More investigation is needed to determine the origin of the Covid-19 pandemic, say a team of 18 scientists from Universities in the US, Canada, the UK and Switzerland."Theories of accidental release from a lab and zoonotic spillover both remain viable," they wrote in a letter published on Thursday in the journal Science."Knowing how Covid-19 emerged is critical for informing global strategies to mitigate the risk of future outbreaks," said the researchers led by Jesse Bloom, an evolutionary virologist at the University of Washington, US.The Coronavirus disease, which was first documented on December 1, 2019 from Wuhan City in China, has since spread like wildfire throughout the globe. The overall global Covid-19 caseload has topped 160.8 million, while the deaths have surged to more than 3.34 million, so far.The team of researchers lauded the efforts of scientists in understanding SARS-CoV-2 -- its transmission, pathogenesis, and mitigation by vaccines, therapeutics, and non-pharmaceutical interventions.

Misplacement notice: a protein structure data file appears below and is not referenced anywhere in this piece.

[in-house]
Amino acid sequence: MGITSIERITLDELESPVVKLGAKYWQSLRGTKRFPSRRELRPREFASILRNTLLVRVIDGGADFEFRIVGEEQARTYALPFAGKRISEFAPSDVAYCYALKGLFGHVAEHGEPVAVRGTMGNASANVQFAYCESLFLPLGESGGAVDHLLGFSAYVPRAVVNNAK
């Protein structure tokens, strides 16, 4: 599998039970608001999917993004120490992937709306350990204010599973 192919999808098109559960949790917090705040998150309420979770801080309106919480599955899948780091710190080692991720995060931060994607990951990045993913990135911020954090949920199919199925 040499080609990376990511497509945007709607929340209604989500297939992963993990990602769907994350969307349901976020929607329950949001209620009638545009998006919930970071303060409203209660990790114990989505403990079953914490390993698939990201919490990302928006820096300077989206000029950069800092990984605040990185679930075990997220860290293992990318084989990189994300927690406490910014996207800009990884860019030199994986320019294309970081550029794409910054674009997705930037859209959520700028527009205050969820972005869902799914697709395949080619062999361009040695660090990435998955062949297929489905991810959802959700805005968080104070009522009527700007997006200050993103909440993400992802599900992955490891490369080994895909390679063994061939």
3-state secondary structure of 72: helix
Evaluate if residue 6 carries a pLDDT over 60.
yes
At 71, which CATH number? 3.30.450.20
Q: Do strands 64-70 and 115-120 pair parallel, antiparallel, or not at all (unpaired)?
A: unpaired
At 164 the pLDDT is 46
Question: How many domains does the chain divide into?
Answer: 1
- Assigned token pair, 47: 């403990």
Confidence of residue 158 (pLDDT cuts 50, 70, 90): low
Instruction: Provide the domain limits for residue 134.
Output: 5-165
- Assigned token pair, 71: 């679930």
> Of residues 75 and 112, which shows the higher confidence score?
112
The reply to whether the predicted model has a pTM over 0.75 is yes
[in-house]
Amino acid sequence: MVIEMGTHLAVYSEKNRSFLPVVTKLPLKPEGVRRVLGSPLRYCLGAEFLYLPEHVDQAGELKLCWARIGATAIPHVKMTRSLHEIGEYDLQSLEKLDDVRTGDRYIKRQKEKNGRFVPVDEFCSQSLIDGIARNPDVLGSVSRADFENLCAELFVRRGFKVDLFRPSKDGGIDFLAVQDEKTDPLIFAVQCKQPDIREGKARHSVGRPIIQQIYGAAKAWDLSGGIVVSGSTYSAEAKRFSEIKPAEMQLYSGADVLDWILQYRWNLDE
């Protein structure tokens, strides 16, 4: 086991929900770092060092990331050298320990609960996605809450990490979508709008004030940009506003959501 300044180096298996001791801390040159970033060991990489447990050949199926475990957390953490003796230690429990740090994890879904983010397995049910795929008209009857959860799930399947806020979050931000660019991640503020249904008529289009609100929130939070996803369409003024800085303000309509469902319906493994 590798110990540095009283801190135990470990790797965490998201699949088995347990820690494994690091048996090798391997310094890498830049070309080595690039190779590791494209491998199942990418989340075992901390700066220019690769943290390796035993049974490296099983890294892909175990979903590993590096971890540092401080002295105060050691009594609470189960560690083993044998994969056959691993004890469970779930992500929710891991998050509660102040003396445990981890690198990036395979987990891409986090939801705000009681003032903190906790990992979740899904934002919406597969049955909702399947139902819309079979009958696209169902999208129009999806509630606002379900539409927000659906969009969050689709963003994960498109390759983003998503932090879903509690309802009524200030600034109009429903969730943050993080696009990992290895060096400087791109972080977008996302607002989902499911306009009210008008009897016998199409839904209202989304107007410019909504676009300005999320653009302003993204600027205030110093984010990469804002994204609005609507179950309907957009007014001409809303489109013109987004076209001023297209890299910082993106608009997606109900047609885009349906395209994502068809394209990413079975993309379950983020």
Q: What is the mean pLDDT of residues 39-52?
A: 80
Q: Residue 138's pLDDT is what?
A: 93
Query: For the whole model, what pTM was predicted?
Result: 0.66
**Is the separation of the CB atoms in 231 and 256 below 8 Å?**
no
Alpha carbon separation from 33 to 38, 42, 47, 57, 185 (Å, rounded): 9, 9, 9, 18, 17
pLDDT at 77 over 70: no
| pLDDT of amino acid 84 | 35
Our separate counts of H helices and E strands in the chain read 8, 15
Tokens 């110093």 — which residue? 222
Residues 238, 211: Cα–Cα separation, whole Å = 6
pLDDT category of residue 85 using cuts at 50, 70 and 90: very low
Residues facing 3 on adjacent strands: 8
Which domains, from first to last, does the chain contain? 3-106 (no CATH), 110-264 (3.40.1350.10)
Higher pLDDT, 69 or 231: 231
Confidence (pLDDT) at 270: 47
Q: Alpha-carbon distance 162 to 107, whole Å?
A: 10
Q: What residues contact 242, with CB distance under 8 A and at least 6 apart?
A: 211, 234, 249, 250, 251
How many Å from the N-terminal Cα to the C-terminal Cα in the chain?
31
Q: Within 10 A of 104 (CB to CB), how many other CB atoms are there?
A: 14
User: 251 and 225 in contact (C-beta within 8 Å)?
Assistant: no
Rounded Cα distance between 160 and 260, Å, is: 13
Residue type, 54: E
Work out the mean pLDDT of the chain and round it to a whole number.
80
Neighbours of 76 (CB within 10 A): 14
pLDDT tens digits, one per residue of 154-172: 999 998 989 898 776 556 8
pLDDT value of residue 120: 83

Yet, even after 17 months, how the coronavirus pandemic exactly began still remains a mystery.The researchers highlighted a joint China-World Health Organization (WHO) report into the origins of SARS-CoV-2, some results of which were released in November 2020."WHO Director-General Tedros Ghebreyesus commented that the report's consideration of evidence supporting a laboratory accident was insufficient," they noted."As scientists with relevant expertise, we agree with the WHO director-general, the United States and 13 other countries, and the European Union that greater clarity about the origins of this pandemic is necessary and feasible to achieve," they said. They call for an investigation that is "transparent, objective, data-driven, inclusive of broad expertise, subject to independent oversight, and responsibly managed.""In this time of unfortunate anti-Asian sentiment in some countries, we note that at the beginning of the pandemic, it was Chinese doctors, scientists, journalists, and citizens who shared with the world crucial information about the spread of the virus -- often at great personal cost. We should show the same determination in promoting a dispassionate science-based discourse on this difficult but important issue," they said.